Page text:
Arts & Entertainment

REVIEW: Down An Alley Filled With Cats

This is a pretzel of a plot. Simon (Gabriel Egan), a lanky, young, small time criminal – cocky beyond his IQ – rushes into a bookstore just as the owner is closing up, only to find the book he had phoned earlier to reserve has been sold. Timothy (William Jordan) is a Polish immigrant and the much older, more articulate and erudite owner of the bookstore. Thanks to his indifference to an eviction notice, Timothy and thus, the hapless Simon are locked in the building overnight.

As the night unfurls, so too does the story, in a roller coaster of revelations. The book Simon had reserved, was inscribed with a clue to the location of a a very valuable vase, but of course, Timothy didn’t know this…or did he? They share a Polish sausage and polish off a bottle and a half of Scotch; Simon ends up in his undies and an overcoat, and fact and fiction are not quite as clear as the books on Timothy’s shelves.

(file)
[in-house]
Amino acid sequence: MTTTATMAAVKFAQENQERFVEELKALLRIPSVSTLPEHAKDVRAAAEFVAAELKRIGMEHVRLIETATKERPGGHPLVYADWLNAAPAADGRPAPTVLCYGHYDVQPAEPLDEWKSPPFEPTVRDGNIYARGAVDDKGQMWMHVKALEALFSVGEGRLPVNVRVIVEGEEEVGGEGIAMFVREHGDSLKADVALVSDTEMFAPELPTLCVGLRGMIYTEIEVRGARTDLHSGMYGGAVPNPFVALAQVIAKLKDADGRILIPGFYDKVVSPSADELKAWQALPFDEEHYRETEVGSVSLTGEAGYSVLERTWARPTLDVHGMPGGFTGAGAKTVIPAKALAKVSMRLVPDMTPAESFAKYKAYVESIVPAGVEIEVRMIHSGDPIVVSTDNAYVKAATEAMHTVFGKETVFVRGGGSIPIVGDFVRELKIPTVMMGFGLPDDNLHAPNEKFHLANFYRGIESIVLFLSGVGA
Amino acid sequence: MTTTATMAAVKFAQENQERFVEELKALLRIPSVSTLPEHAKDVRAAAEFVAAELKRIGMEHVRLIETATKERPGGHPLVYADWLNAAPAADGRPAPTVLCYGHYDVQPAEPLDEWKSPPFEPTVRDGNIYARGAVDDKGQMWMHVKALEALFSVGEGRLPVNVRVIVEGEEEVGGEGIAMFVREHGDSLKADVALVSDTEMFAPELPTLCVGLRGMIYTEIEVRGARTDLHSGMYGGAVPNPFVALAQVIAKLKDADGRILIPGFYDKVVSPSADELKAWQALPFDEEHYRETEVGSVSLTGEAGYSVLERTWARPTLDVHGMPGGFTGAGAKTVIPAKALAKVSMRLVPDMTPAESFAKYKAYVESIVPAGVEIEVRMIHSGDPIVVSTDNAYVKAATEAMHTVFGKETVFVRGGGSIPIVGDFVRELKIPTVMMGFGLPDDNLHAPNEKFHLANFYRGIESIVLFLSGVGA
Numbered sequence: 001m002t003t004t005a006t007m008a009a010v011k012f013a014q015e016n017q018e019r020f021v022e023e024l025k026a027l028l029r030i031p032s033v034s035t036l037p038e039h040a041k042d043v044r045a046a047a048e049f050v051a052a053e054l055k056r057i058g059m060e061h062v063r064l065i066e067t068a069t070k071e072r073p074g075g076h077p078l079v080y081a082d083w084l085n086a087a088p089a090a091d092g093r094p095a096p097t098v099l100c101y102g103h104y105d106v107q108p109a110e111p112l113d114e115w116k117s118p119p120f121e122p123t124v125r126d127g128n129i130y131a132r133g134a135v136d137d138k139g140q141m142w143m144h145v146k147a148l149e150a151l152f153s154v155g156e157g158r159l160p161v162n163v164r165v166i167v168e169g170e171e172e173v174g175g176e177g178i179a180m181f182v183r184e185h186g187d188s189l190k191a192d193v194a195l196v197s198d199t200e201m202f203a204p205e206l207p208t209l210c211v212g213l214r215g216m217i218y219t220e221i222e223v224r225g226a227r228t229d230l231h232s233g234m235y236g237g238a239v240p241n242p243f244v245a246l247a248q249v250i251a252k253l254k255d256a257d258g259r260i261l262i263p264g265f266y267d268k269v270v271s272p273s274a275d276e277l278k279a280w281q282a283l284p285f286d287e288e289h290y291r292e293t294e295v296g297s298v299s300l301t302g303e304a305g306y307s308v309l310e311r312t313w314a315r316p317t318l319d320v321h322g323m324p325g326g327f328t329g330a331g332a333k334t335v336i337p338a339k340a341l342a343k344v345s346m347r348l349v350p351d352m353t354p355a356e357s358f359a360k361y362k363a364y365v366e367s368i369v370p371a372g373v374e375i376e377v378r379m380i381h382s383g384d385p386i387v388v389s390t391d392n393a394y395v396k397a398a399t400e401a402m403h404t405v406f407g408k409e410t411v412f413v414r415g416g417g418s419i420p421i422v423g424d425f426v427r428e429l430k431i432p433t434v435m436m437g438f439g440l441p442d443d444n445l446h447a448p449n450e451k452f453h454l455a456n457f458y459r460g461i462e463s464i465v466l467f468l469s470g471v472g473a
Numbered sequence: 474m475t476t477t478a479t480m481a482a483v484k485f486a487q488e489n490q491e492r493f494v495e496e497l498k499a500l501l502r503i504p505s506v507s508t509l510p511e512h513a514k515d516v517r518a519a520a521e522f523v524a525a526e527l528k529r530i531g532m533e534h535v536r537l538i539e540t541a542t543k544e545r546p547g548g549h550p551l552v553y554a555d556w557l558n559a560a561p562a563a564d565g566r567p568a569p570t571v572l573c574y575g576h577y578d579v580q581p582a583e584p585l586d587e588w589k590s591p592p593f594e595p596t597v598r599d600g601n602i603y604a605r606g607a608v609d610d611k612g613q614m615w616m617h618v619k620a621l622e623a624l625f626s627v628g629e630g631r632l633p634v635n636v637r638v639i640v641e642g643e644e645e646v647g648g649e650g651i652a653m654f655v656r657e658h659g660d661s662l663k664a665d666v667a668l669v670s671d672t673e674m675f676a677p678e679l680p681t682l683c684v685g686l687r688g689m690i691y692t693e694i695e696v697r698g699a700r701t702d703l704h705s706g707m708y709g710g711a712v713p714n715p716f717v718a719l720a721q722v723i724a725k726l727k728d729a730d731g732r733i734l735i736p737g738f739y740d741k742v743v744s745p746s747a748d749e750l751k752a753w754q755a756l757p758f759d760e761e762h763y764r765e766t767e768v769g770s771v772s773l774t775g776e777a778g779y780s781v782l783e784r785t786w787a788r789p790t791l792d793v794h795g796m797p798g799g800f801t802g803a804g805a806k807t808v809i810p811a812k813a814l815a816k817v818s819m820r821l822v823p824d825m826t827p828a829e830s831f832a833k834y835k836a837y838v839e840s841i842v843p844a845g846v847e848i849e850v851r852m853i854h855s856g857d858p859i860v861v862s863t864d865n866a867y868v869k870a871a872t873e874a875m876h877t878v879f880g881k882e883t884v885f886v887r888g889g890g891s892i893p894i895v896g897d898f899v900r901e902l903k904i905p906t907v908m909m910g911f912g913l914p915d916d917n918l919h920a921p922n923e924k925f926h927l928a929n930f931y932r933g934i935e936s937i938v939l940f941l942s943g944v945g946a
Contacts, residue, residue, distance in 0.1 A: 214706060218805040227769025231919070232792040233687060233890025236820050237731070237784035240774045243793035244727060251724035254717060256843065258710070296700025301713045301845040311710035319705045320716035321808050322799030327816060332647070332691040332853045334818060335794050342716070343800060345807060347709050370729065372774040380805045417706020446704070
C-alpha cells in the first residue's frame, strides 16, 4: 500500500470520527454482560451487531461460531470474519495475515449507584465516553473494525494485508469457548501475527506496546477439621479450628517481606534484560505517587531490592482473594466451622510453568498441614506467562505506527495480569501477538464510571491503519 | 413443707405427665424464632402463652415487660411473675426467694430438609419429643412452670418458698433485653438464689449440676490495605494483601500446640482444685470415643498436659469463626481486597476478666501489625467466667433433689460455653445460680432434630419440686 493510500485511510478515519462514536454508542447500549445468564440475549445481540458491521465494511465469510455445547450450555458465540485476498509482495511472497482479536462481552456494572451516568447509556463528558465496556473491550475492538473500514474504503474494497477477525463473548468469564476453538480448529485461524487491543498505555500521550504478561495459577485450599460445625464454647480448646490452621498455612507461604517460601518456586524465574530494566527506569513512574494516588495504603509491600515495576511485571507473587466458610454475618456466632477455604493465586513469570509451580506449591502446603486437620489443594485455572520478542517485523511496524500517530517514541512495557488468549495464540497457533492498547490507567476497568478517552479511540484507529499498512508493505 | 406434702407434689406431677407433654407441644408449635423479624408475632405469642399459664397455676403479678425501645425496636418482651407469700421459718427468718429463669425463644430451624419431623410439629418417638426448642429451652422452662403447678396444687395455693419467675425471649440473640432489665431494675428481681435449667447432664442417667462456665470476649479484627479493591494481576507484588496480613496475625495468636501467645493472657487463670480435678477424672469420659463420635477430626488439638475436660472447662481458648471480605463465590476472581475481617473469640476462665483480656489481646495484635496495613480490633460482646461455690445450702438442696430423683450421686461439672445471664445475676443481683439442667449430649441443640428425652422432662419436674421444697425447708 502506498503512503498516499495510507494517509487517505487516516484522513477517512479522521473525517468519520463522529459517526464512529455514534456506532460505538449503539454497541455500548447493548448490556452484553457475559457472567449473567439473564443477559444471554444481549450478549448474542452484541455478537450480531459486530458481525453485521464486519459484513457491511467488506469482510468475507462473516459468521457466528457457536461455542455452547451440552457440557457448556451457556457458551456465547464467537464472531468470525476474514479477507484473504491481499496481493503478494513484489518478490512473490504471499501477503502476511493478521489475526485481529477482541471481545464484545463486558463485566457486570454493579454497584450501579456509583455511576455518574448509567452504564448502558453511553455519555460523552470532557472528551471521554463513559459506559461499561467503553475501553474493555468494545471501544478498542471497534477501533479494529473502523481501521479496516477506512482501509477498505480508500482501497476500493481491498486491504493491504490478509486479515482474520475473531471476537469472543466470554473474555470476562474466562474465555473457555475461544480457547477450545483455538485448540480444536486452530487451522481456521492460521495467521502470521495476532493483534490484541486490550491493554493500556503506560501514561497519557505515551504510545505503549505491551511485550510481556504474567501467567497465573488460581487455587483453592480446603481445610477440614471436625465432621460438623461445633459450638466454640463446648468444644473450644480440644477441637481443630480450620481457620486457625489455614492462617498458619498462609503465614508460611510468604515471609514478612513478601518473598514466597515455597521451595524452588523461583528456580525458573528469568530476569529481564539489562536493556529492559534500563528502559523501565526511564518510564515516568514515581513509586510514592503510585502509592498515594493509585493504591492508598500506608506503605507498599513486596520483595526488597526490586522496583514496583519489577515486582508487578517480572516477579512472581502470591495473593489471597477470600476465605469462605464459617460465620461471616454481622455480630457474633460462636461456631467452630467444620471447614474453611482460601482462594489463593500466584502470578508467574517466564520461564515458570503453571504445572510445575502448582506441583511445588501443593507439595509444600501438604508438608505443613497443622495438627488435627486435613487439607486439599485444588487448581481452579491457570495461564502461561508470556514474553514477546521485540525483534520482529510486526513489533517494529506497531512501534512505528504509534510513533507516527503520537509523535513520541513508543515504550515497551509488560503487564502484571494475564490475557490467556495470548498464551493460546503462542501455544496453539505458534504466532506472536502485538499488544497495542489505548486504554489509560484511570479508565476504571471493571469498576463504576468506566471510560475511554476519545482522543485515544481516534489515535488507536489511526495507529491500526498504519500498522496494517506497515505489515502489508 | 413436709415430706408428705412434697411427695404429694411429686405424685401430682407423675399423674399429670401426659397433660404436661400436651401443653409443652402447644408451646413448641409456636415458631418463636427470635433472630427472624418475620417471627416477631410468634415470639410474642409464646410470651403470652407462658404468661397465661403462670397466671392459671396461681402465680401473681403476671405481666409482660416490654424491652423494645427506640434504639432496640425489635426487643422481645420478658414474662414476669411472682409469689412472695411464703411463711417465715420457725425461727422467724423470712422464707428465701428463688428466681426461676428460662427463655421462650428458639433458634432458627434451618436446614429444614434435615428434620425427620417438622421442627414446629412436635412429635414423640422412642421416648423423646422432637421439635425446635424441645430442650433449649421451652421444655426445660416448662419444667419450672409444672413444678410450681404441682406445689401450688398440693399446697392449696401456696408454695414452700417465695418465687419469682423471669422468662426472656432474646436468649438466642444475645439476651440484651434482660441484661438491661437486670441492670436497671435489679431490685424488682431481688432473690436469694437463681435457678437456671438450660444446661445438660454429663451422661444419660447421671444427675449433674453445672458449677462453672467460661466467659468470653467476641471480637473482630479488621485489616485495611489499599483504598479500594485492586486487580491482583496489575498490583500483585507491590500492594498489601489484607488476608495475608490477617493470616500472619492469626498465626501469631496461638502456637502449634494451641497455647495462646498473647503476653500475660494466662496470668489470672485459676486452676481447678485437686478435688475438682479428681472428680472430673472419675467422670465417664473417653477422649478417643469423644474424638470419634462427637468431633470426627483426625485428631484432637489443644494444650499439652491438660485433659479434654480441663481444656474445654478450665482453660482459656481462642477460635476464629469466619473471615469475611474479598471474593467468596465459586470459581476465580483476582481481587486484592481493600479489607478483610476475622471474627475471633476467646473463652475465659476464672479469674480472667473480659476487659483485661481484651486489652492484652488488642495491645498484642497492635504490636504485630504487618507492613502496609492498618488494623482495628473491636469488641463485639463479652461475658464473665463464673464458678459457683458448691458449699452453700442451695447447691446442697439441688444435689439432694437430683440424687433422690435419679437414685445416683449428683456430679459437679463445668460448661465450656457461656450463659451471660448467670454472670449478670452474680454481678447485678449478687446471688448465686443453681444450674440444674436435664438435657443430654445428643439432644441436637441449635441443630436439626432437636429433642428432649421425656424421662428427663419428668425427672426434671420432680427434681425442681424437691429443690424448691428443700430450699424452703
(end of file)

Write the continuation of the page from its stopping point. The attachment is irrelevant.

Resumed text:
It’s a thrilling and clever script, punctuated with humour, nodding to classics such as Deathtrap and The Maltese Falcon.

Director Tom Richards brings the two protagonists to the edge of caricature, but allows just enough room for empathy. The set is surprisingly furnished for a small production and this adds to a shared sense of claustrophobia, but also intimacy with the audience.

The actors have a good rapport with each other and aptly handle a script that verges towards trope with enough awareness to keep it fresh and convincing.

Until May 13, 7.30pm. King Street Theatre, 644 King St, Newtown. $30-$35. Tickets & Info:

Reviewed by Rita Bratovich.